Much study has been done on the behaviors of veterinarians. However, many negative outcomes can be mitigated if people can successfully navigate the initial encounter. Fumbling this can lead to an ever-spiraling downward trend of negative reinforcement. People need to understand that many veterinarians they meet are rescues. They have been abused, endured poor living conditions and general neglect. Which is what makes it critical to approach properly when encountering this fragile, yet equally durable, species.
The first rule is: Never approach a veterinarian in the wild. They are easily spooked and will bolt. Even if you are familiar to them, they may not recognize you in a different setting which induces anxiety and causes them to shy away. Should you see them from afar, just continue about your business and act as if you have not seen them. If you should stumble upon them suddenly, simply smile and move away as naturally as possible. In either situation, the veterinarian’s instinctive avoidance response will kick in and you will in most instances not see them again.
Never approach a veterinarian where they nest. Doing so can trigger aggression as they are very territorial in a domestic setting. In extreme circumstances, encroachment on their habitat may prompt them to relocate to a safer environment.
One of the most common ways you may encounter a veterinarian spontaneously is in a social setting. Because of their biology, both physiological and behavioral, this is a rare event and needs to be treated delicately. Should you become aware of the presence of a veterinarian within a social group here are some of the steps you need to take depending on circumstances.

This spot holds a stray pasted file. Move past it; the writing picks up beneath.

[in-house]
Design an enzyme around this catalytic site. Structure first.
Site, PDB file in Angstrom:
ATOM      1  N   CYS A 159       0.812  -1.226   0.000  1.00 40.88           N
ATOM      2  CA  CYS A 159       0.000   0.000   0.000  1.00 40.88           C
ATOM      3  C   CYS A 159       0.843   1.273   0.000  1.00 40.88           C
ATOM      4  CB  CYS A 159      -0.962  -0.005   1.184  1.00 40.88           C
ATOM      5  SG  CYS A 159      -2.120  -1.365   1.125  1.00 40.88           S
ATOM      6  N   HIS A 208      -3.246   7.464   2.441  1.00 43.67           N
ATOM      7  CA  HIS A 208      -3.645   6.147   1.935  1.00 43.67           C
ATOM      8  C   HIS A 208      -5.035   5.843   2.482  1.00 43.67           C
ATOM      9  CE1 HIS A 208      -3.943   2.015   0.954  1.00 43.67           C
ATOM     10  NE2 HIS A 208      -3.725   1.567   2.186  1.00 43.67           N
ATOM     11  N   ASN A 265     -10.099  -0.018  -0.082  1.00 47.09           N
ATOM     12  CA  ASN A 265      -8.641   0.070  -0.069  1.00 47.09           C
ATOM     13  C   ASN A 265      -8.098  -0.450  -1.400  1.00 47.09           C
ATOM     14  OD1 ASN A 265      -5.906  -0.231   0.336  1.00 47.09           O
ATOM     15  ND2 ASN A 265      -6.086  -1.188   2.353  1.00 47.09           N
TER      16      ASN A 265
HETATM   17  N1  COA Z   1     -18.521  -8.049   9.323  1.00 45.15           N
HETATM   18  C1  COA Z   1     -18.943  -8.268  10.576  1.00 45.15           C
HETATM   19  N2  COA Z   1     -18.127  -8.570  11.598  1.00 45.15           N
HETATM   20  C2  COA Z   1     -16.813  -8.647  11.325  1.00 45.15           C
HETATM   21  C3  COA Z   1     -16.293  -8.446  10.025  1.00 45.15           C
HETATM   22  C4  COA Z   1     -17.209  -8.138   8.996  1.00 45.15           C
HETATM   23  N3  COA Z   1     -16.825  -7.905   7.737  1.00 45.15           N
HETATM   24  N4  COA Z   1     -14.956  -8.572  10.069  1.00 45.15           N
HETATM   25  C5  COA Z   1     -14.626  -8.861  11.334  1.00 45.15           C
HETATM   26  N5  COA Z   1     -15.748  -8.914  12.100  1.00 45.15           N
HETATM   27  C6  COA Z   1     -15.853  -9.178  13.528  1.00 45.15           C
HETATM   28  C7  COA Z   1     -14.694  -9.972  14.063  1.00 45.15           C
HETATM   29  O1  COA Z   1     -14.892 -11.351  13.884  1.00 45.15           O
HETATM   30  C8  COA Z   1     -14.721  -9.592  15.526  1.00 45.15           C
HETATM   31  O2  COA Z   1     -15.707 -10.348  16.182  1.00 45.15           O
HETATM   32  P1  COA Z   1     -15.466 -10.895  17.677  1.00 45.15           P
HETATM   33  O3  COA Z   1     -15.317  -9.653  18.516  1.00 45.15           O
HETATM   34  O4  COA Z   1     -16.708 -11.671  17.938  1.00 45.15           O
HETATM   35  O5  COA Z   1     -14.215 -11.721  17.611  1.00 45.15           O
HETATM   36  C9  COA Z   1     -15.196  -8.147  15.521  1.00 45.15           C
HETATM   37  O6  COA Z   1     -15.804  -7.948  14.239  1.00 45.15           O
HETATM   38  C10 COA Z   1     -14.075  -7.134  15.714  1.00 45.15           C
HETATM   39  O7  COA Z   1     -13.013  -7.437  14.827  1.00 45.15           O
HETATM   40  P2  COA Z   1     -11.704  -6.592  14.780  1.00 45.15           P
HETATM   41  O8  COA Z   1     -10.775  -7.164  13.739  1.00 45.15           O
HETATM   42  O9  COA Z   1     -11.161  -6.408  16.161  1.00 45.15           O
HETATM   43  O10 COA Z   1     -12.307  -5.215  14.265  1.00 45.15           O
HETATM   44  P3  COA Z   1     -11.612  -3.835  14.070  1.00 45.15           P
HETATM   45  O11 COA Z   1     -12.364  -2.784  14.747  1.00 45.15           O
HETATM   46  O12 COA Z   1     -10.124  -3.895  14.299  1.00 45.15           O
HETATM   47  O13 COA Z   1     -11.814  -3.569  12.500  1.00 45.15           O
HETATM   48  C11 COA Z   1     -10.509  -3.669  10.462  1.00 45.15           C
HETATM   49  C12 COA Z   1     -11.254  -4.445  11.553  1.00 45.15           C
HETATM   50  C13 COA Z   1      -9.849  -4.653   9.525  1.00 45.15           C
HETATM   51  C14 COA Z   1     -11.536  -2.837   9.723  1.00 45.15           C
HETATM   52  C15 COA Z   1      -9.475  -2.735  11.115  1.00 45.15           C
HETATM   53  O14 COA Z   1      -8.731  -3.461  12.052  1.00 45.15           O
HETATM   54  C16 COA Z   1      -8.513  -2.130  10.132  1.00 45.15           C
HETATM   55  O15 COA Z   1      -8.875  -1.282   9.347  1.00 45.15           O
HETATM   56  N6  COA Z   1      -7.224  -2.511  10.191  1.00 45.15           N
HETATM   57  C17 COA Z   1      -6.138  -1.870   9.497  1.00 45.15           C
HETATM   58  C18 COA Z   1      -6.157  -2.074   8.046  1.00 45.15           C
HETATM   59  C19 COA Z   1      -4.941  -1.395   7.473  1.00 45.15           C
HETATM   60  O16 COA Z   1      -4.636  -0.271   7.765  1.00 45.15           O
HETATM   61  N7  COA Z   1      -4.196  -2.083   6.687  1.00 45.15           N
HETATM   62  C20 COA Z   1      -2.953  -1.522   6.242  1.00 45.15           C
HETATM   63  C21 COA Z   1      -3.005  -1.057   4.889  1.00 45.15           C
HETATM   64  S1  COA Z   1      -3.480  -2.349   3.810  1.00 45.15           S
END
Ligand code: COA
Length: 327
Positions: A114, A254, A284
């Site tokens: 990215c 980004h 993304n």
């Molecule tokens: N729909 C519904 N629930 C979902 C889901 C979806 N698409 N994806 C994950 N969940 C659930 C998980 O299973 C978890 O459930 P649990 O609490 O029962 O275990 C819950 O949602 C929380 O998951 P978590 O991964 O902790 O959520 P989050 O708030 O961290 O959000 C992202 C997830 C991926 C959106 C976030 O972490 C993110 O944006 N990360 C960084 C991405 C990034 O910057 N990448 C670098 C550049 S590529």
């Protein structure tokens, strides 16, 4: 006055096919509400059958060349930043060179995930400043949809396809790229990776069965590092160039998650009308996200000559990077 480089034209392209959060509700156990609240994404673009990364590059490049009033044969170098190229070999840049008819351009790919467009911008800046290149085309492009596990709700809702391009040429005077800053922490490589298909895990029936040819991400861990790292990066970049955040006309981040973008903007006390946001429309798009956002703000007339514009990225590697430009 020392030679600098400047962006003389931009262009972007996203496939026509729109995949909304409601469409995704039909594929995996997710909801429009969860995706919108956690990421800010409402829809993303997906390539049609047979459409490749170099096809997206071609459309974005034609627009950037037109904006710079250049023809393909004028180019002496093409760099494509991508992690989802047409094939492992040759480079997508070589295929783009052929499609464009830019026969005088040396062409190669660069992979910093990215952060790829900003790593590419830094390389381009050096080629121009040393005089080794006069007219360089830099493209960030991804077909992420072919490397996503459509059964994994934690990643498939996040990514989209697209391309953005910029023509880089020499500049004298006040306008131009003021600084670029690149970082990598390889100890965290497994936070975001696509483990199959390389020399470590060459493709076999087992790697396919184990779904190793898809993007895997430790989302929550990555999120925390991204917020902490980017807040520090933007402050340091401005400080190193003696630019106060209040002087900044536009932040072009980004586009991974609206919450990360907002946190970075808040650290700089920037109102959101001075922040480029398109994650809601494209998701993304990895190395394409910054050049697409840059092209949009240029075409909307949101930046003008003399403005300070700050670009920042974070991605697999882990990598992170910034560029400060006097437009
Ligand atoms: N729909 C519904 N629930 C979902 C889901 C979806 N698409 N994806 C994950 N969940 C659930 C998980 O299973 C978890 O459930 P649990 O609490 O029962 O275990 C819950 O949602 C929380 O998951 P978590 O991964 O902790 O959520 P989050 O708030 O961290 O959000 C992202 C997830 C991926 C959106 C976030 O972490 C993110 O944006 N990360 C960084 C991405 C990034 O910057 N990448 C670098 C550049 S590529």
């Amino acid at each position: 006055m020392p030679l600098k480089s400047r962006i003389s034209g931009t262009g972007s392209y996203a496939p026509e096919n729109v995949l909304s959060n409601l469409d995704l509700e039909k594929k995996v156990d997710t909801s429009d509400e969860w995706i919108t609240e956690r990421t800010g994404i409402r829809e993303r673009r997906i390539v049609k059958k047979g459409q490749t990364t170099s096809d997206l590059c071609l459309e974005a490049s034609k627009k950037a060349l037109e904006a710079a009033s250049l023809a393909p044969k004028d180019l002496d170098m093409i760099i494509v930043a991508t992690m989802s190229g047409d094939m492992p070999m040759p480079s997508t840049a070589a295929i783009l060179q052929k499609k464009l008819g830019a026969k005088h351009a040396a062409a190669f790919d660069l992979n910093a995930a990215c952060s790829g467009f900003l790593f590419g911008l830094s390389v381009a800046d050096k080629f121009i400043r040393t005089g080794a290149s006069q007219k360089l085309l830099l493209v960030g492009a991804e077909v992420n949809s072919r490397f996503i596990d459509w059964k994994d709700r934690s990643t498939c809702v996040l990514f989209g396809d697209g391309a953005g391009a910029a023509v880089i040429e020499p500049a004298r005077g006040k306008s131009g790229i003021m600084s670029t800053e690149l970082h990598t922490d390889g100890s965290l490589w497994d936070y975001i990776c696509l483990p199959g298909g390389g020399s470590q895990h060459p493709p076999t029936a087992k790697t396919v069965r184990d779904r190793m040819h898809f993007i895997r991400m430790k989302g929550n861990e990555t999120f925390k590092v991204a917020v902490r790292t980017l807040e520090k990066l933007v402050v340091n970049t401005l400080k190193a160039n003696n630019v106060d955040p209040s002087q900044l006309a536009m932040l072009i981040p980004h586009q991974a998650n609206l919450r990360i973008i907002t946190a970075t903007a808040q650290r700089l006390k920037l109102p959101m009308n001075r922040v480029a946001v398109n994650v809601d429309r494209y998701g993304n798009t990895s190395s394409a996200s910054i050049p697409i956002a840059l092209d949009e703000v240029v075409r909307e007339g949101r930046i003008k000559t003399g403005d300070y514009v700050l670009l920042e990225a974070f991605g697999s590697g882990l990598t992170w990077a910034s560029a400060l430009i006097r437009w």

The best rule is to let them approach you first. Be aware that this may not happen and you should not feel disappointed if this occurs. However, if you feel compelled, as many do because they are such a captivating and fascinating species, first establish if the veterinarian has a handler, whether they be a significant other or family member. If so, ask permission from the handler to approach the veterinarian. Do not make eye contact. Do not make any abrupt moves. Speak in a calm and soothing manner. Do not invade their space unsolicited. Turn sideways as to make yourself less threatening. Do not get between them and the nearest exit. Offer treats such as coffee, chocolate, donuts, pizza, etc. if available. Be continually aware of their behavior and body-language so you can stop the interaction if they become restless or agitated. If they wander off mid-sentence, do not pursue them. If you follow these rules, you may be rewarded with more frequent and lengthier encounters. Or you may not. Be happy with the boon of time that you had.